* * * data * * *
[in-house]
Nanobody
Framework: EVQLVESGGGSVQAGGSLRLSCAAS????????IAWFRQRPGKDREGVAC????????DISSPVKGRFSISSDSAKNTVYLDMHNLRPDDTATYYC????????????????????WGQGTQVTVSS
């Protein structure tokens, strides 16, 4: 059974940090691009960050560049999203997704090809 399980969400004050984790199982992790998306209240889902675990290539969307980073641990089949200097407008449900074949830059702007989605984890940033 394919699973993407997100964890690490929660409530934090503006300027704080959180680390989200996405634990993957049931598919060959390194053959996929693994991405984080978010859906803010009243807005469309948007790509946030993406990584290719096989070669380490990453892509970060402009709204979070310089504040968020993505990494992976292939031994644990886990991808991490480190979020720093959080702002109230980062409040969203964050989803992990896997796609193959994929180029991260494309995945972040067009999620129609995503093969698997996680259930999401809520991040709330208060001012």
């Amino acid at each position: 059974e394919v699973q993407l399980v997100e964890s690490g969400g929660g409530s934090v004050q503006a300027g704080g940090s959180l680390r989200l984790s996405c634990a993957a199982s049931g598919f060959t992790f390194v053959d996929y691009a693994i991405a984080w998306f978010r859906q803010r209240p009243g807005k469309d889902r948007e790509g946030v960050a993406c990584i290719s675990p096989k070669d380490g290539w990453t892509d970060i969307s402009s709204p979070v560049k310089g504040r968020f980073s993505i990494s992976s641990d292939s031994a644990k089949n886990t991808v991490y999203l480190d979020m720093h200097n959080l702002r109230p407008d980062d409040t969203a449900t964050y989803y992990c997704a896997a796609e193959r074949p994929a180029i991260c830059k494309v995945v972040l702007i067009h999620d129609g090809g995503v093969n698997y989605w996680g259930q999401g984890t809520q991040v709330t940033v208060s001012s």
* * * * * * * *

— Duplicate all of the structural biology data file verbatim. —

[in-house]
Nanobody
Framework: EVQLVESGGGSVQAGGSLRLSCAAS????????IAWFRQRPGKDREGVAC????????DISSPVKGRFSISSDSAKNTVYLDMHNLRPDDTATYYC????????????????????WGQGTQVTVSS
């Protein structure tokens, strides 16, 4: 059974940090691009960050560049999203997704090809 399980969400004050984790199982992790998306209240889902675990290539969307980073641990089949200097407008449900074949830059702007989605984890940033 394919699973993407997100964890690490929660409530934090503006300027704080959180680390989200996405634990993957049931598919060959390194053959996929693994991405984080978010859906803010009243807005469309948007790509946030993406990584290719096989070669380490990453892509970060402009709204979070310089504040968020993505990494992976292939031994644990886990991808991490480190979020720093959080702002109230980062409040969203964050989803992990896997796609193959994929180029991260494309995945972040067009999620129609995503093969698997996680259930999401809520991040709330208060001012």
């Amino acid at each position: 059974e394919v699973q993407l399980v997100e964890s690490g969400g929660g409530s934090v004050q503006a300027g704080g940090s959180l680390r989200l984790s996405c634990a993957a199982s049931g598919f060959t992790f390194v053959d996929y691009a693994i991405a984080w998306f978010r859906q803010r209240p009243g807005k469309d889902r948007e790509g946030v960050a993406c990584i290719s675990p096989k070669d380490g290539w990453t892509d970060i969307s402009s709204p979070v560049k310089g504040r968020f980073s993505i990494s992976s641990d292939s031994a644990k089949n886990t991808v991490y999203l480190d979020m720093h200097n959080l702002r109230p407008d980062d409040t969203a449900t964050y989803y992990c997704a896997a796609e193959r074949p994929a180029i991260c830059k494309v995945v972040l702007i067009h999620d129609g090809g995503v093969n698997y989605w996680g259930q999401g984890t809520q991040v709330t940033v208060s001012s």